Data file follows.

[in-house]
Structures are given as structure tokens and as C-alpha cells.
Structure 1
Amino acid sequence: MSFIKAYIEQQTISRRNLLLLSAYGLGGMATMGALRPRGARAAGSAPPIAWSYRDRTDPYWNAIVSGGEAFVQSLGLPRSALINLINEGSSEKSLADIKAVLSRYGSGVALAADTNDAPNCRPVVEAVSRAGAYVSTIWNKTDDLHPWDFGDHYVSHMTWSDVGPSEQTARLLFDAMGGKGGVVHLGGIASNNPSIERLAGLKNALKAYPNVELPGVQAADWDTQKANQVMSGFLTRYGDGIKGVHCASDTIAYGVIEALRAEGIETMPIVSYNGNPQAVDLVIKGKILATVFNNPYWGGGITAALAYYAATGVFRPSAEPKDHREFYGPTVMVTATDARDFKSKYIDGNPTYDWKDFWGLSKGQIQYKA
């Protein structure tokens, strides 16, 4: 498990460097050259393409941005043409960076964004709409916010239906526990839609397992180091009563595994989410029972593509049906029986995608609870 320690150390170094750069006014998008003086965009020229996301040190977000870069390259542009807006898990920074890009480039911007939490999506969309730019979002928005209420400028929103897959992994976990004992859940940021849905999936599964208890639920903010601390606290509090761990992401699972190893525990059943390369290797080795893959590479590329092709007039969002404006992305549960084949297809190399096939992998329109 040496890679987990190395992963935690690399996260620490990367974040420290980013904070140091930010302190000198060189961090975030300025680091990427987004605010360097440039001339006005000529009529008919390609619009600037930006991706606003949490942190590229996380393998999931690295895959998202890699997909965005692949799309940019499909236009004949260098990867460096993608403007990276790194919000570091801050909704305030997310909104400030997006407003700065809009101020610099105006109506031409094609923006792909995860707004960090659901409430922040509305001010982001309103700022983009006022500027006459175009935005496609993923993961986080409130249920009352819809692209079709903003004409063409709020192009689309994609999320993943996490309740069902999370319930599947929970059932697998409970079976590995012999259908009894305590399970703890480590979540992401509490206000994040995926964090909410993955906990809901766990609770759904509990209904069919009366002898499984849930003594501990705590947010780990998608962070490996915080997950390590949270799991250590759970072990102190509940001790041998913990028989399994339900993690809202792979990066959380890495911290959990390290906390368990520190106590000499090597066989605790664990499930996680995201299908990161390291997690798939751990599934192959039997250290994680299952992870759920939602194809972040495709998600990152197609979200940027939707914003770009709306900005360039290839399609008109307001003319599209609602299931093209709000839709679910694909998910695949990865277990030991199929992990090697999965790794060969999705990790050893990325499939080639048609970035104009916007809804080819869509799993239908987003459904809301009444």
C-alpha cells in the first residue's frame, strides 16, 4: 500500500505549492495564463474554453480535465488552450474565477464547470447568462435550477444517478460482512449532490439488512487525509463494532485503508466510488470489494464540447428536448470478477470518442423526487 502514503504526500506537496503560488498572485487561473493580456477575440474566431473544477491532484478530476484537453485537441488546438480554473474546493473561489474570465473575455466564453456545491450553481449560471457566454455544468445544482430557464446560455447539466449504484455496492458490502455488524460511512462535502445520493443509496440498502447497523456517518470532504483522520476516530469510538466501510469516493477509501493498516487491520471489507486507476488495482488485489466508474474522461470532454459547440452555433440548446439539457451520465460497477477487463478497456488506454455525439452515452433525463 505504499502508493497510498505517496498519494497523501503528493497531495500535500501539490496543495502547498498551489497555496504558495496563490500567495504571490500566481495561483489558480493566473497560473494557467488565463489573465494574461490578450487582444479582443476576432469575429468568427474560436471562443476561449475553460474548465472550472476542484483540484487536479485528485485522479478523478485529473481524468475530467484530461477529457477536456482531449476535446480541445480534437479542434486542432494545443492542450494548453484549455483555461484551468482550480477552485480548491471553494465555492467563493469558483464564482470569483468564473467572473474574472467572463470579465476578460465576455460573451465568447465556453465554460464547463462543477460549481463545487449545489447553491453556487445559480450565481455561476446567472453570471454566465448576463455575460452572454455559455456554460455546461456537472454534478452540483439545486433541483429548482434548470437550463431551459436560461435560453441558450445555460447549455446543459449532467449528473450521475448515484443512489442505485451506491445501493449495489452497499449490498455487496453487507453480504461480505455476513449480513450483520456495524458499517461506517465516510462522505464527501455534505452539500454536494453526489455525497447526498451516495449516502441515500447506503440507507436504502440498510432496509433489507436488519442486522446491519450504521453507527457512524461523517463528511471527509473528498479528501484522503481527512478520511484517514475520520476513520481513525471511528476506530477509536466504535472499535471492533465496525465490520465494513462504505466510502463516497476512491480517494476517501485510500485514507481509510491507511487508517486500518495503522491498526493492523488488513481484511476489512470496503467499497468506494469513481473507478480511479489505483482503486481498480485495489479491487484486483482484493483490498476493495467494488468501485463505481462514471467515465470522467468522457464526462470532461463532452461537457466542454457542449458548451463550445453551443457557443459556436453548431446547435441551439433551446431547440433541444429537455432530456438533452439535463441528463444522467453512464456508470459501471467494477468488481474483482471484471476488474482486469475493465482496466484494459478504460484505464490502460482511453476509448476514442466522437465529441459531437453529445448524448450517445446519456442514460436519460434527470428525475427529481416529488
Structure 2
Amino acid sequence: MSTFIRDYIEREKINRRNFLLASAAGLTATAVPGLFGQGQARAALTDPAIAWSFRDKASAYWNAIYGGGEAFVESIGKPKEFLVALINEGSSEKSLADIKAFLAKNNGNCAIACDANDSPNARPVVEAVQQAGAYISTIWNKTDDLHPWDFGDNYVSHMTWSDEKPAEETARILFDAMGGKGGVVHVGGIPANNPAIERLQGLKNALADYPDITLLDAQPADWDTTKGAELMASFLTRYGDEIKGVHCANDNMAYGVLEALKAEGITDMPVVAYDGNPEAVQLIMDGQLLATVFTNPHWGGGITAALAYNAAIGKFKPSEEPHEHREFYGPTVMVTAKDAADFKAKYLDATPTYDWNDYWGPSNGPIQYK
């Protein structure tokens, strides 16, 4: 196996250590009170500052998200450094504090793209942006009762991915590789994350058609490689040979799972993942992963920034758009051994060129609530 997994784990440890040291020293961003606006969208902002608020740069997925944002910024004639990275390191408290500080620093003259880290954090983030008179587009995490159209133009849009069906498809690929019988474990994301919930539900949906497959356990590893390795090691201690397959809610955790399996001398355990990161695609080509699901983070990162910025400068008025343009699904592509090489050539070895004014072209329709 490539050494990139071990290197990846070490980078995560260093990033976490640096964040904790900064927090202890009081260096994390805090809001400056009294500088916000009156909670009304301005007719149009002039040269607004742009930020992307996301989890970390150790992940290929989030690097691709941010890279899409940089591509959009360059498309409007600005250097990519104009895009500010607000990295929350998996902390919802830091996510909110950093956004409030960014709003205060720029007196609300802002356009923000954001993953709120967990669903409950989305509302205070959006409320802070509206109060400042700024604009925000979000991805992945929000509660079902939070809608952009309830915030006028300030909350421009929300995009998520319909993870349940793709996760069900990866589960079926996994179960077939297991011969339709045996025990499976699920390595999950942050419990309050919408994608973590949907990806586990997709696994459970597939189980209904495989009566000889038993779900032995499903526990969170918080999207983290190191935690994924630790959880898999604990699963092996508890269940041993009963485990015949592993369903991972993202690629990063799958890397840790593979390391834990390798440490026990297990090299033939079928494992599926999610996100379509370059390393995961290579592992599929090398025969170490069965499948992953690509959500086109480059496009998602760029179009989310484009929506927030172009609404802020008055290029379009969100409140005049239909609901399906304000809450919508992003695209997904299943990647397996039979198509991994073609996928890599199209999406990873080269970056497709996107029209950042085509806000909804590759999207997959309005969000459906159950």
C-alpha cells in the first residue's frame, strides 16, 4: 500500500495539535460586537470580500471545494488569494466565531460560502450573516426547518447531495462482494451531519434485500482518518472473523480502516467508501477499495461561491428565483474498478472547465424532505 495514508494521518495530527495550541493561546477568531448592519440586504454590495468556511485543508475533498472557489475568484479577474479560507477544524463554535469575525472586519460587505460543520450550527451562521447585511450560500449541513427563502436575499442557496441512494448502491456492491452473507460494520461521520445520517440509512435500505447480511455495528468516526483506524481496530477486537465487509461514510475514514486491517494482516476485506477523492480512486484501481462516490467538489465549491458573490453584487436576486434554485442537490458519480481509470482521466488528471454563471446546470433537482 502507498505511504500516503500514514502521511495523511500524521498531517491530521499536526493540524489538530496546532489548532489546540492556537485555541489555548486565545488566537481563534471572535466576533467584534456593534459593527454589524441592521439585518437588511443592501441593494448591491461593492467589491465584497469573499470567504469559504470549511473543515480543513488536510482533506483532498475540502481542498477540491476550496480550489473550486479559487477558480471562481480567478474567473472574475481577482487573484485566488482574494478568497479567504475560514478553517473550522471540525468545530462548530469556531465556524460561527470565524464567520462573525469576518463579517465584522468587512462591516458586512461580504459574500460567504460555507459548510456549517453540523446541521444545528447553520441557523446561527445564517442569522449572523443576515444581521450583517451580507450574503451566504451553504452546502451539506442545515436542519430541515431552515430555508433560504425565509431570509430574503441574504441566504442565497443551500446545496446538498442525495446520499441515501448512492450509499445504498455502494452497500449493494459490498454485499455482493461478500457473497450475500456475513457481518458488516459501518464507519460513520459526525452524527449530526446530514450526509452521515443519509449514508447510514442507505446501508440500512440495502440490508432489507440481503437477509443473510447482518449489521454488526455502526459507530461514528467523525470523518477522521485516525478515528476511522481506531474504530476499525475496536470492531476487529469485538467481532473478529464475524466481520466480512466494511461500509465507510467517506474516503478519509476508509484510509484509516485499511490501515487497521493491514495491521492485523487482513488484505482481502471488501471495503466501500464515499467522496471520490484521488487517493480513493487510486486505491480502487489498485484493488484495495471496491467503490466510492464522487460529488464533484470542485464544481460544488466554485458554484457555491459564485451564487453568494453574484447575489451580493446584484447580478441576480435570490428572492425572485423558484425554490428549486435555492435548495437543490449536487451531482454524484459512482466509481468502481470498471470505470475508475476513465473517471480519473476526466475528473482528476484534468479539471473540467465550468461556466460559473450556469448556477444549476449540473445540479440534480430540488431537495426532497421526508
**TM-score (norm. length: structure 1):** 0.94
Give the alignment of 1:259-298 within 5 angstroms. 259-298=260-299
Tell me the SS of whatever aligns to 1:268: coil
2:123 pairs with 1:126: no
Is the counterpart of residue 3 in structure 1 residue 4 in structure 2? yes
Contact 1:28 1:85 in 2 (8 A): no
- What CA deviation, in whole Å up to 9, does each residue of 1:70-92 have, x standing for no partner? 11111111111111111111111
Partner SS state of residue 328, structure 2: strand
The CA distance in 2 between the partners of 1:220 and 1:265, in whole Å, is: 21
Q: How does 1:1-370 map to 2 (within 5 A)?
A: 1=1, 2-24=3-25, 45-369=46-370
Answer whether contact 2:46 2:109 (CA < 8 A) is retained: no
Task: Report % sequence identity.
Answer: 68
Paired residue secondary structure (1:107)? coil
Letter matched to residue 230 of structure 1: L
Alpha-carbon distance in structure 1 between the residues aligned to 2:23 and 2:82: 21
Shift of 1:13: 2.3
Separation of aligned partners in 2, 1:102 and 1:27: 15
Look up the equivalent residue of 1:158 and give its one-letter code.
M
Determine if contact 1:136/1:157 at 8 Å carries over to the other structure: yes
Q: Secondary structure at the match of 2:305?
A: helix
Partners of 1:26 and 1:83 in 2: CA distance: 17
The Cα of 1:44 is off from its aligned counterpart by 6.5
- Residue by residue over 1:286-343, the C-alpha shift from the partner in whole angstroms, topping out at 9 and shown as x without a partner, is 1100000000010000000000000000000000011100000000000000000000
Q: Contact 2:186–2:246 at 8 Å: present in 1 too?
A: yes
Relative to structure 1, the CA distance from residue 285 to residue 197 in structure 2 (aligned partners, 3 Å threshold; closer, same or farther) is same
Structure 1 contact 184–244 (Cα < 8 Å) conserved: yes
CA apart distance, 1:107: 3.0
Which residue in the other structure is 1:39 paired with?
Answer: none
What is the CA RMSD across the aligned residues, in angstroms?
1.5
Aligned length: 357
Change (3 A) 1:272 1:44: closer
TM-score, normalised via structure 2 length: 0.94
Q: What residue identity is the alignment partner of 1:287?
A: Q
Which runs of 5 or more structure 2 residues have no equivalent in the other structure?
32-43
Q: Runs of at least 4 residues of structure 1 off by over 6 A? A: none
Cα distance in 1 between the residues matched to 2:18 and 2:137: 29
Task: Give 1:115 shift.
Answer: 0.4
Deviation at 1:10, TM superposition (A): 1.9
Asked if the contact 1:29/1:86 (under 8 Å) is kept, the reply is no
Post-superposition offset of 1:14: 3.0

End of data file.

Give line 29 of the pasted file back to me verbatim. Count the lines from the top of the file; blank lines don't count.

Separation of aligned partners in 2, 1:102 and 1:27: 15